There are two ways to pass assets on to beneficiaries:
Lawyers call this the "I love you” way, where you pass assets directly to the person - so someone dies and it goes straight to that person under the will (I don't know why they call it that).
The “testamentary trust” is the other alternative, where instead of passing it directly to the person, it goes into a testamentary trust, and then this person controls that testamentary trust.
Now this is perfect for a couple of reasons. If this person is your risk taker, they will want to own nothing in their own name. So if you've got $1,000,000 here, and you give it to them in their own name, you've just lost asset protection.
So that's an example where we want testamentary trust to protect.
The other one is if you're giving your inheritance to your children. Lets say you don't trust their judgment in terms of the choices they make from a relationship perspective, or you don't know because they might be kids at the moment - If you put it into a testamentary trust, the assets in that trust are protected from relationship breakdown that may happen down the track, or if your spouse remarries, or has a relationship in the future, It protects what you built together from that.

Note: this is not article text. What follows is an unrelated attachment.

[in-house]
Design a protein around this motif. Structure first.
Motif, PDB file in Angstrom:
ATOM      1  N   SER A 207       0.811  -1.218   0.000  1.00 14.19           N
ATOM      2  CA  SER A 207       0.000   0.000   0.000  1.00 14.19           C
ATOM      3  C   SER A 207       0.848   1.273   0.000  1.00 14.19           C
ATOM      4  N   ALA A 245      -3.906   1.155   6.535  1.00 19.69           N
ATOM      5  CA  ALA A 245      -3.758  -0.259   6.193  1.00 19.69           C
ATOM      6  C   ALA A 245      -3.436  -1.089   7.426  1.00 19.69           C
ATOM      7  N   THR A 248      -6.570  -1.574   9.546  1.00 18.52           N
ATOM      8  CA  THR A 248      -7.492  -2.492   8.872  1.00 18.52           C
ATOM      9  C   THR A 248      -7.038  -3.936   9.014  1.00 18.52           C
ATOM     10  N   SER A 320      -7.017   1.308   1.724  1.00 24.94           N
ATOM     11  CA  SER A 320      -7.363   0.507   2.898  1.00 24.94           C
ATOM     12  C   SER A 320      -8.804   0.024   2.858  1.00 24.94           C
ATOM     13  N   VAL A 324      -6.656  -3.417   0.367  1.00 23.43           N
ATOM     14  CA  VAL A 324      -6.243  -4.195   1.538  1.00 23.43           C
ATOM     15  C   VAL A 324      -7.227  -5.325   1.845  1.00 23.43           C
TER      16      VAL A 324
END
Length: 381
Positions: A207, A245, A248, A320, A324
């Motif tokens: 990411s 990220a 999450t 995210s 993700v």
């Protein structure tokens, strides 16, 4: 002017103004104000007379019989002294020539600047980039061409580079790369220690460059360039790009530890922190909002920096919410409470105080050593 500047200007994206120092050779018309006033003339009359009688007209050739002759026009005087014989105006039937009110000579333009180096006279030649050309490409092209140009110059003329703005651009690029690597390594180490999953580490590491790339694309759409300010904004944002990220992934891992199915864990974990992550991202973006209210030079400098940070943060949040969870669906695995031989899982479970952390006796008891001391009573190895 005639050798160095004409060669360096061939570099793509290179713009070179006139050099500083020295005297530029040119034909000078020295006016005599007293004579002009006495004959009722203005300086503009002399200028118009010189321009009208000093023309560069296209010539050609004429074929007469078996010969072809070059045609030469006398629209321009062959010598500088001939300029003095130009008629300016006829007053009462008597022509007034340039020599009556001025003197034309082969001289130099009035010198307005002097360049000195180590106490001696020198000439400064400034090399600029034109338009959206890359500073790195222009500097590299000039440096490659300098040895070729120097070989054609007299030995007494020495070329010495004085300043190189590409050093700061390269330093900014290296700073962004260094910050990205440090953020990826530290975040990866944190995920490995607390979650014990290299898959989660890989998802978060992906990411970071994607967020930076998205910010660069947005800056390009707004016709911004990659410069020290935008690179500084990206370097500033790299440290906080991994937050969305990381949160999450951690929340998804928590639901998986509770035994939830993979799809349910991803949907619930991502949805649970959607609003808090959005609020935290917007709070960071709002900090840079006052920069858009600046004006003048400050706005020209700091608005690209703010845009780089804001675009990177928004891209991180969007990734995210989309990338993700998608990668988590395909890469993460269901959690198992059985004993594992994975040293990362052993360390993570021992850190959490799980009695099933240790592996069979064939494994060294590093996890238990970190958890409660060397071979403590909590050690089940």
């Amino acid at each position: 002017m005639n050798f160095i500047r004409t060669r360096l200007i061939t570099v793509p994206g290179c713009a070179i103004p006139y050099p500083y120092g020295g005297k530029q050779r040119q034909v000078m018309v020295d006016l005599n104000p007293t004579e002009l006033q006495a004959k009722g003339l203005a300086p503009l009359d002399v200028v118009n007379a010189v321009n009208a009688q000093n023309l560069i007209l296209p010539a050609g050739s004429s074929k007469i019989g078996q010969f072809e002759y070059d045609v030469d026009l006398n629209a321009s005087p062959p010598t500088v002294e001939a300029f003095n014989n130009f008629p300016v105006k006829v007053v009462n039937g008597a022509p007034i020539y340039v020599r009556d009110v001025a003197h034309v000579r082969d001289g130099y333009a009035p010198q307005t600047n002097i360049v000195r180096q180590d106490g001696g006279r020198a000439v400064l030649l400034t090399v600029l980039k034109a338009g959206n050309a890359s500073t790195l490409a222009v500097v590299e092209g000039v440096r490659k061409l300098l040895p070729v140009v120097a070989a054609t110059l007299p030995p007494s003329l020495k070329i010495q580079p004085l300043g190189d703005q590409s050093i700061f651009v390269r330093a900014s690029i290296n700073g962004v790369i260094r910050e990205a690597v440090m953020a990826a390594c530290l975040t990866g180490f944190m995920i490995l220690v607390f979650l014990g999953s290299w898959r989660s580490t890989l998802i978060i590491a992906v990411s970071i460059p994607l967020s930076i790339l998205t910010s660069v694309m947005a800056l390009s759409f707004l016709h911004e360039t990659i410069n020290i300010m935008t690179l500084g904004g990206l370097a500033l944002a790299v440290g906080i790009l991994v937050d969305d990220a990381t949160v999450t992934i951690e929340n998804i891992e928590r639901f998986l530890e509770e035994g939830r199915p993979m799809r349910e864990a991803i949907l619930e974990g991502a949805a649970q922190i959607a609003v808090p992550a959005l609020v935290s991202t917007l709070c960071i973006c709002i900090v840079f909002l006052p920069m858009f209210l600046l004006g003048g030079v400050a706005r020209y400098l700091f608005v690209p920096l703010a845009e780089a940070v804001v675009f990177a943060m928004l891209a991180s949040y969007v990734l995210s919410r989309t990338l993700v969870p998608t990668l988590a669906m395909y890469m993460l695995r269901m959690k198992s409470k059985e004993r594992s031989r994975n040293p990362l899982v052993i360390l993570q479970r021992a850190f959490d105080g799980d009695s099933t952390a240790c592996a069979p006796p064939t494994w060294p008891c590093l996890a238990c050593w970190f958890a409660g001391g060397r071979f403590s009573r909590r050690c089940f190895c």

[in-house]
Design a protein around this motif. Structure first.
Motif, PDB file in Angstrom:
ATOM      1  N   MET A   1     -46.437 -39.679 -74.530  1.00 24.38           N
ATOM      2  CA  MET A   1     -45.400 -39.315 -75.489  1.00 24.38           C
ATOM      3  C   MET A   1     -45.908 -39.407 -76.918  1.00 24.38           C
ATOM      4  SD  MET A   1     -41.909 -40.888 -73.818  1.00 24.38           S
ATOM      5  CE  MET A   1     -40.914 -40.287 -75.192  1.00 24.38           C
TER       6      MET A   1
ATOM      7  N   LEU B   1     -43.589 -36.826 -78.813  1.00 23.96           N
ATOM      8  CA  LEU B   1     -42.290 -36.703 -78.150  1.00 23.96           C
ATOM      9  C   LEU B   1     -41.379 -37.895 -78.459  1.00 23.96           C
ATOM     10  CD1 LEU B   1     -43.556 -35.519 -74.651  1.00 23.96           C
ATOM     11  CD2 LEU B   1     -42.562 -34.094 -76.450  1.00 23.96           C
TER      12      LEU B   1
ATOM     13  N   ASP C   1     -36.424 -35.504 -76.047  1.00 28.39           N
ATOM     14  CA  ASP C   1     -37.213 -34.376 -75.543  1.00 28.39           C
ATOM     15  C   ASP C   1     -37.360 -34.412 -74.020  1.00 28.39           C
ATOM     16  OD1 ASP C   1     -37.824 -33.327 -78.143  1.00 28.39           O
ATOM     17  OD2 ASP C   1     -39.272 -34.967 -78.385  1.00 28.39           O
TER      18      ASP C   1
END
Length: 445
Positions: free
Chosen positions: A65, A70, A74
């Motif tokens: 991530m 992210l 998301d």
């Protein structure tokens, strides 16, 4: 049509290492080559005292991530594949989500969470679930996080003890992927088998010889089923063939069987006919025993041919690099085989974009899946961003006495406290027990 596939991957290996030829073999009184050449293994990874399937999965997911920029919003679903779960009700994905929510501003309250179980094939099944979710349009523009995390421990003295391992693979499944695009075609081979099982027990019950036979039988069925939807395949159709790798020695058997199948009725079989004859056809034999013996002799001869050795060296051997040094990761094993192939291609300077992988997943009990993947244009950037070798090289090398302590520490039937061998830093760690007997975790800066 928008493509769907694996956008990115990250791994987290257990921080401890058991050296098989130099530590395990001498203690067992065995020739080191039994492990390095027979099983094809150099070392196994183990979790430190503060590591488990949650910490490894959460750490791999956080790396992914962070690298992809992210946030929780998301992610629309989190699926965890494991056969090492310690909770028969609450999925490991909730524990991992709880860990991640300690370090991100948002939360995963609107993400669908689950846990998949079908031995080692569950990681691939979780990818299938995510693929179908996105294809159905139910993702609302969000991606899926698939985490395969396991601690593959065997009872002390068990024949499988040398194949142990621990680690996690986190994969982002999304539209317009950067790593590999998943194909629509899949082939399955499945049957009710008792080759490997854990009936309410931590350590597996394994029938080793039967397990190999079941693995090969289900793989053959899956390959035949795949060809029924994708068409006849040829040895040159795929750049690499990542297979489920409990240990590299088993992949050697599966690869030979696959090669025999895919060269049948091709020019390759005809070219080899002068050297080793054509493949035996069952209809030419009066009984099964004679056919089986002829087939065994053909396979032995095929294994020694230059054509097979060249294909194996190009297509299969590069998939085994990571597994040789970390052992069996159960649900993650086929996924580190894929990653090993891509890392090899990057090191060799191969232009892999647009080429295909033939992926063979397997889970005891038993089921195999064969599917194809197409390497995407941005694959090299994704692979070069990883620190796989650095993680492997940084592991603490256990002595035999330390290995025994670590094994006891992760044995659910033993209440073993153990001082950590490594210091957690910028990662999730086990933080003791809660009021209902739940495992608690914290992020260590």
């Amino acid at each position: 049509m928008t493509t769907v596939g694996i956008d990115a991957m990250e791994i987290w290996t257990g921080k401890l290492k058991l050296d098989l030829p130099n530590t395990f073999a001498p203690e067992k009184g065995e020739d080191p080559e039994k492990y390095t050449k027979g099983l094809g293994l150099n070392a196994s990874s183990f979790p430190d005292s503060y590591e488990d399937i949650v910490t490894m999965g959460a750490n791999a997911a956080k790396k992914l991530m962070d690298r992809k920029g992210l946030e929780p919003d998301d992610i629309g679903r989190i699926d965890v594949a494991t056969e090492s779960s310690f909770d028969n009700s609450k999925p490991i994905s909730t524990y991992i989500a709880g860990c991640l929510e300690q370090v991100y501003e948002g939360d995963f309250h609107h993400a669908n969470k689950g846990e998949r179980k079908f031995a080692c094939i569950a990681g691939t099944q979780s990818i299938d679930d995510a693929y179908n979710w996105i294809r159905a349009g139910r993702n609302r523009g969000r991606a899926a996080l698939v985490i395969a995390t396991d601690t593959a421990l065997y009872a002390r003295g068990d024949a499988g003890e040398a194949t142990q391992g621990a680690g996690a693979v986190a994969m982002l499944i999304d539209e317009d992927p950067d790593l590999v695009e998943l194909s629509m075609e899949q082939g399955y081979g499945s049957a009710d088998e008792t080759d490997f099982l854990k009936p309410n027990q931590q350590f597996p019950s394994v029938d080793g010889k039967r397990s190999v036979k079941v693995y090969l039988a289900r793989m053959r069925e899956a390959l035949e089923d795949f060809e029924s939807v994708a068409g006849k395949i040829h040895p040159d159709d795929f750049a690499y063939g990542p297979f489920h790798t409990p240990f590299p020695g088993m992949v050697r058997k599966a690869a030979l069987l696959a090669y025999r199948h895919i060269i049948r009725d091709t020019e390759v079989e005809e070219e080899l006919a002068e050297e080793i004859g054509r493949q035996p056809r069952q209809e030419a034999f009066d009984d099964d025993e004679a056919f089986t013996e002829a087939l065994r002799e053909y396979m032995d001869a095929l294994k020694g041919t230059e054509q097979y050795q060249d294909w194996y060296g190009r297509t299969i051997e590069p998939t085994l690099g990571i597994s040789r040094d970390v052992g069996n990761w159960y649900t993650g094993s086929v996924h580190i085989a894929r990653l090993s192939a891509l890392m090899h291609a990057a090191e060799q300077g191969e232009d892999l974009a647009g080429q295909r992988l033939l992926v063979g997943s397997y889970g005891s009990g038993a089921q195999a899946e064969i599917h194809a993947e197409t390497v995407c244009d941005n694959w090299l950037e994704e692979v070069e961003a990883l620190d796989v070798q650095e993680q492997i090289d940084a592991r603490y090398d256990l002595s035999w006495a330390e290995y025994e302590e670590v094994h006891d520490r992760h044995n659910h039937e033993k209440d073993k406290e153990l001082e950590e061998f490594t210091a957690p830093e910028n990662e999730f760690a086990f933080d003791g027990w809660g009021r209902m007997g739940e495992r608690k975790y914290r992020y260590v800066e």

The other benefit of a testamentary trust is that if your beneficiaries have a child, normally when we distribute income to a child under 18 we can only give them about $416, but from a testamentary trust we can give them a lot more. They're taxed like an adult on that income because someone has died to create a testamentary trust.
So there are a number of good reasons why we would recommend testamentary trusts when you're doing your wills. In fact, every single client who's done one with us through the process has built this mechanism in. It's marginally more cost to set up, but I've just explained the pretty cool benefits of it all.